Note: The following appears in the Florida Atlantic football gameday program.
A team’s continued success starts with the consistency and leadership from its veterans along with the development and commitment of its young players. There is no doubting that Clemson football has had continued success, winning 10+ games each of the past three seasons, including two ACC championships.
Players such as R.J. Mickens have been a big part of that success. With early development and steady improvement, Mickens has a chance to make a big impact on a hungry defense.
Mickens grew up in Southlake, Texas and played for Carroll High School, a powerhouse program in the state. He is no stranger to loud environments and intense football.
“High school football definitely prepared me. The competition was really high relative to where I was at. We always had the target on our back, and nothing has changed here. Everyone wants to beat Clemson.”
Despite growing up in Texas, he decided to take his talents eastward to play for the Tigers. He was rated as the No. 12 safety in the country by ESPN and had a number of schools to choose from.
“The relationships with the coaches and what Clemson was doing at the time and who Coach (Dabo) Swinney was played a big part why I chose Clemson.”
Even though he is far from home, Mickens still has someone over his shoulder that he can always rely on, his father, Ray Mickens Sr. The elder Mickens played cornerback at Texas A&M, was selected in the third round by the Jets in the 1996 NFL draft and enjoyed a 10-year NFL career.
“He’s always been there. He’s someone I can go to who always has an answer for everything. I used to not appreciate that as much as I do now. Speaking with someone who’s been there and done that, it’s really helped me a lot. Any time there’s film I need to break down or a question comes up, I can always go to him. It’s been that way my whole life, but getting away from home and being in college has really magnified how important he is and how special he is.”
As for the younger Mickens, he has a chance to thrive in Clemson’s defense in 2023. His performance on the field has improved year after year. In 2022 as a junior, he accumulated 55 tackles, a team-high three interceptions and two pass breakups in 13 games (six starts). He was also named third-team All-ACC by Pro Football Focus. Not only has he developed into an essential player for the Tiger defense, he is also a veteran leader and voice in the locker room.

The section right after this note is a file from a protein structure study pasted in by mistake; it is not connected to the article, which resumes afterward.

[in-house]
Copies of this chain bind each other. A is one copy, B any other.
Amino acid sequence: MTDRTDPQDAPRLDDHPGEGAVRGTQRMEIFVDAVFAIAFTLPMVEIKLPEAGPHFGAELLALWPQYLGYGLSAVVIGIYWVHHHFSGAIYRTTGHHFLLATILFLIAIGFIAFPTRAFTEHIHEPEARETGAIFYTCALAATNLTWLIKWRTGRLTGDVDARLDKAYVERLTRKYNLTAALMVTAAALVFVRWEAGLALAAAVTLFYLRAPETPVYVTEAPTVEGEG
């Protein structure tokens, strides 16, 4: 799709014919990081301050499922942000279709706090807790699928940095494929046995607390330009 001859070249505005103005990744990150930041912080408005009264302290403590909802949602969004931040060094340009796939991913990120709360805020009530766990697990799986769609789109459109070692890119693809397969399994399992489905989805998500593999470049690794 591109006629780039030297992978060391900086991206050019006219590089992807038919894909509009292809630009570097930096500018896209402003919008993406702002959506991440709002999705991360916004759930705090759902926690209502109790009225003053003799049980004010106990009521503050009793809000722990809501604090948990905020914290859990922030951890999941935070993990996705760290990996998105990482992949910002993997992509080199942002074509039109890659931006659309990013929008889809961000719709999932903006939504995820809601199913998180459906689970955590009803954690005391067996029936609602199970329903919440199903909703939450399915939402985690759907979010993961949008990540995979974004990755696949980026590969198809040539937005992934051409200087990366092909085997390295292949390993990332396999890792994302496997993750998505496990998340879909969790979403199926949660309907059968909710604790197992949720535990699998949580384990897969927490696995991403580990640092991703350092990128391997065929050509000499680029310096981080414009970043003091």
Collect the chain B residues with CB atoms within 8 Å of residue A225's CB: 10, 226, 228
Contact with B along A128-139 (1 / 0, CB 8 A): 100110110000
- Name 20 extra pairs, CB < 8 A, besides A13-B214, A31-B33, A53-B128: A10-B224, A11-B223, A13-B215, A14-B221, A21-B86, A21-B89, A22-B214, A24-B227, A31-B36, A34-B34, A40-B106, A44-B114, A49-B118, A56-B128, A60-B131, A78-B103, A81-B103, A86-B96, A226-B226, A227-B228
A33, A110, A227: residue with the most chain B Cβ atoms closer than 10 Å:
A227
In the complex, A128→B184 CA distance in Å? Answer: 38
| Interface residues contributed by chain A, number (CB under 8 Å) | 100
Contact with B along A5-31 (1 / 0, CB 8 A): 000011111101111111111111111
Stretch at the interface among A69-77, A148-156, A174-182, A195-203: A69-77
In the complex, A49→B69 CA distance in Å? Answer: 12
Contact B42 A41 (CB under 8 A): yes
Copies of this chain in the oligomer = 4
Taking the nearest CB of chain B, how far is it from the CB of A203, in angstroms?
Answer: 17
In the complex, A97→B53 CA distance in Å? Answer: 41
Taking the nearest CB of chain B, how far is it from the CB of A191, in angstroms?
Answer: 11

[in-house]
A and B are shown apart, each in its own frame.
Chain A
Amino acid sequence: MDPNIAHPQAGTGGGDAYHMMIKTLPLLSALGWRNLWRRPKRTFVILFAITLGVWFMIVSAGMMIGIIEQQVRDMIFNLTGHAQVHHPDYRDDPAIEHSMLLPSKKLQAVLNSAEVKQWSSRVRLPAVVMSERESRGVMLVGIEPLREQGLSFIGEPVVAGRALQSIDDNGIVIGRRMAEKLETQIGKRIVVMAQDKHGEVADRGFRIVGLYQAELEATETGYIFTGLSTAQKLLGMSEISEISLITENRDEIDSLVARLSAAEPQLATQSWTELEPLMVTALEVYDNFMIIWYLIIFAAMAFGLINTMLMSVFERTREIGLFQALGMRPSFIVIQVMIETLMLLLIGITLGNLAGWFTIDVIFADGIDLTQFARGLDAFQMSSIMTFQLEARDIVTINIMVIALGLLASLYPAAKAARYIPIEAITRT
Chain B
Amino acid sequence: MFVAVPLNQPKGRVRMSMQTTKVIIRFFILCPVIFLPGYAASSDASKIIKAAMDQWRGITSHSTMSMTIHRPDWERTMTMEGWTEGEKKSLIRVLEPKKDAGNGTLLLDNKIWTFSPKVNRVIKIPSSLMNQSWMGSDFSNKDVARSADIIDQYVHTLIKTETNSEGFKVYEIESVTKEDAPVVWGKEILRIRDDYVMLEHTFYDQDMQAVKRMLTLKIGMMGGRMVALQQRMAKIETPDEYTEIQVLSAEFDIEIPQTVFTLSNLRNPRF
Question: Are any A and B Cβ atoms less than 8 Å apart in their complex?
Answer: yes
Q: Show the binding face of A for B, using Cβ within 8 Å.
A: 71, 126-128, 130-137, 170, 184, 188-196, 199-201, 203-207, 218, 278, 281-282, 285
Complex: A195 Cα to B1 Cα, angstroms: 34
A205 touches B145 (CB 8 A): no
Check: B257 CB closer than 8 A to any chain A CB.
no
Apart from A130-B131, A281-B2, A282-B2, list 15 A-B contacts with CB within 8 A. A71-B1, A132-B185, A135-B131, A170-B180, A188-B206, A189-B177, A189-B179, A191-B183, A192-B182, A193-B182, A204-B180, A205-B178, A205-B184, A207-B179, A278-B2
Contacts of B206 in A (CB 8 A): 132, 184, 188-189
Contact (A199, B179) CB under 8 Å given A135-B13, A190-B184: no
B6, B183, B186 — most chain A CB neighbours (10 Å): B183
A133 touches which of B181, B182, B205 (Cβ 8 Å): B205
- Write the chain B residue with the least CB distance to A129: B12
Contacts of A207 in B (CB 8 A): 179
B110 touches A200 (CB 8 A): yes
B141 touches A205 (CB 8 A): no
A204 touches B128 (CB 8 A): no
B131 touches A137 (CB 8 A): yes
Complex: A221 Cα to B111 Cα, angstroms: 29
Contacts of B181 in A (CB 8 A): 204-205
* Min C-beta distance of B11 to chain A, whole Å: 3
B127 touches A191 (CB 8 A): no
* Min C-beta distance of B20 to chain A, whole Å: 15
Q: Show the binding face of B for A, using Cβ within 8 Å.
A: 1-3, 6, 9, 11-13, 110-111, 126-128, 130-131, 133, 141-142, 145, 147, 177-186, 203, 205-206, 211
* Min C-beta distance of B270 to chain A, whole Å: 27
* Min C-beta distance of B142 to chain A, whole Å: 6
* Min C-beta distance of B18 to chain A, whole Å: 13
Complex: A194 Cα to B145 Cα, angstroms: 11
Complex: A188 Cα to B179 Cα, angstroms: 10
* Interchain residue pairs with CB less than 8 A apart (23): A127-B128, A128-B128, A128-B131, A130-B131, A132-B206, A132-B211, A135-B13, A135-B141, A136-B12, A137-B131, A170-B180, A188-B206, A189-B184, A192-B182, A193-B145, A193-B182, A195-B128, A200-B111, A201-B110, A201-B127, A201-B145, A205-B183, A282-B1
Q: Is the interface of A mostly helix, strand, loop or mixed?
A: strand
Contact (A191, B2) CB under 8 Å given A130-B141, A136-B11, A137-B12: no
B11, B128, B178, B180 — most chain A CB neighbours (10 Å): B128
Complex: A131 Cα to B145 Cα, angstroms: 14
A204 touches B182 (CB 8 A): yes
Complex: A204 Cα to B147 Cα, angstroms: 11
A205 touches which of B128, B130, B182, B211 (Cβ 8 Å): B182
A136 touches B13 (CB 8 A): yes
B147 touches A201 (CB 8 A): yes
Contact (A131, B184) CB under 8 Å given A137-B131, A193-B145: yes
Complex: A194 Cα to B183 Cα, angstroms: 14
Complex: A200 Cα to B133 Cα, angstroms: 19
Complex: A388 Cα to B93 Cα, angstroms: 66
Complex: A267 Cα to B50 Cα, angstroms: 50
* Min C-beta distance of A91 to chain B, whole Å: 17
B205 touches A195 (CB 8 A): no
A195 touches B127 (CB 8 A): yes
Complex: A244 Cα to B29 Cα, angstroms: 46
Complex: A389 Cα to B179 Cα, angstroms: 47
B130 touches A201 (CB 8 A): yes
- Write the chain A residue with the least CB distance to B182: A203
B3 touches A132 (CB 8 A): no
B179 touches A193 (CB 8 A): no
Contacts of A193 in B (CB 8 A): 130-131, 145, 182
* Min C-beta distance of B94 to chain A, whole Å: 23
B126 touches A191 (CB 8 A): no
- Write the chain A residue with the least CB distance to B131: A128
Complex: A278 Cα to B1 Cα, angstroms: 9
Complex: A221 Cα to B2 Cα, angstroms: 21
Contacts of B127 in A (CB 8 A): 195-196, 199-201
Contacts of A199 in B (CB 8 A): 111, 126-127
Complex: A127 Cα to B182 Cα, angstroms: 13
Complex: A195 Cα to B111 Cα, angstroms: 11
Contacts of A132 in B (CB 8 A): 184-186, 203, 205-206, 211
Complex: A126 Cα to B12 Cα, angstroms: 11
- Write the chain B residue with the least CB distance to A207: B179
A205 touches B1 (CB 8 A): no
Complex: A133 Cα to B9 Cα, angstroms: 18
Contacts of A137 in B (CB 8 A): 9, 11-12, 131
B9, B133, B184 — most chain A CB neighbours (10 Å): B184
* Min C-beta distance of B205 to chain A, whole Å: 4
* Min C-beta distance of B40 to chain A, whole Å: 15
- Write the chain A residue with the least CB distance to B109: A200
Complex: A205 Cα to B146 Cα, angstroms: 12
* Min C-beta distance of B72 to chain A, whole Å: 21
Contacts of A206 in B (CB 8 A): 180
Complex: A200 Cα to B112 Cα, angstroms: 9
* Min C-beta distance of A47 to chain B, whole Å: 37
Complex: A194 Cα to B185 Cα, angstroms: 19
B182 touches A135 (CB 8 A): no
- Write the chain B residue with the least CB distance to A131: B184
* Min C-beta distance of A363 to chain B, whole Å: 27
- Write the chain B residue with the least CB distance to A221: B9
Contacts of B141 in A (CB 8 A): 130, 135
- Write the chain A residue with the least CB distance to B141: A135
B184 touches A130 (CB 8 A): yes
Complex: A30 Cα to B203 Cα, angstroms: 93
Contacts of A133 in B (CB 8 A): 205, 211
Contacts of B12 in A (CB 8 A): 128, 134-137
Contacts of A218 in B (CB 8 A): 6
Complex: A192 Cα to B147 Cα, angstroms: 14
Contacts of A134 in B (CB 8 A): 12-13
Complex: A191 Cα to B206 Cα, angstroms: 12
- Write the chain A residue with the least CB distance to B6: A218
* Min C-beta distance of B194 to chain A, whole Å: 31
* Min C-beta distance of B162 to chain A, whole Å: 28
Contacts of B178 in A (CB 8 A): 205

“That part has definitely grown, but even from last year, I believe it’s grown a lot from this past offseason. I have a lot of knowledge I can pour into the young guys and the young safeties in particular by watching film and pointing out how things should be played. That’s a way I see my role changing as a leader.”
In a secondary filled with experience, #9 pointed to how beneficial it has been to be around his teammates that share the same knowledge as him.
“It’s awesome because our guys know a lot and bring a ton of experience, and we can all learn from each other, whether that’s asking someone a question in the film room or going up there on our own to watch film. With Andrew (Mukuba), Jalyn (Phillips), Tyler (Venables), Sheridan (Jones) and Nate (Wiggins), we’re a bunch of guys who everyone can learn from and gain different perspectives. If you don’t know something, then someone else probably has the answer. It’s been really helpful.”
These veterans with experience are necessary for the locker room. The culture here never changes, and it has been passed down from veterans who have bought in from day one to freshmen learning the ropes. The culture is a big reason why the program has enjoyed such continued success. When asked about the culture at Tiger football, Mickens acknowledged that the culture in place is what makes Clemson unique.
“It’s about the P.A.W. Journey and the man makes the brand. It’s bigger than football and it’s not just about what you can do on the field, but how you can develop as a man. Growing in your faith and business skills is what separates this place from a lot of others, where they’re just worried about football.”
As a senior, Mickens has his eyes set on a national championship, graduating, getting drafted and being a finalist for the Jim Thorpe Award.
Reflecting on what it has meant to play for Clemson, Mickens is very appreciative for all his opportunities and relationships built along the way.
“It means everything to me. Everything I’ve got here, I’ve been welcomed with open arms, including Coach (Brent) Venables and the staff that recruited me. It’s been a great experience, and I’m forever thankful for my time here. And if I could do it all over again, I wouldn’t change a thing. Everything has worked together for the good, and it’s definitely developed me into who I am today.”
There’s no doubting it is Mickens’ time to shine.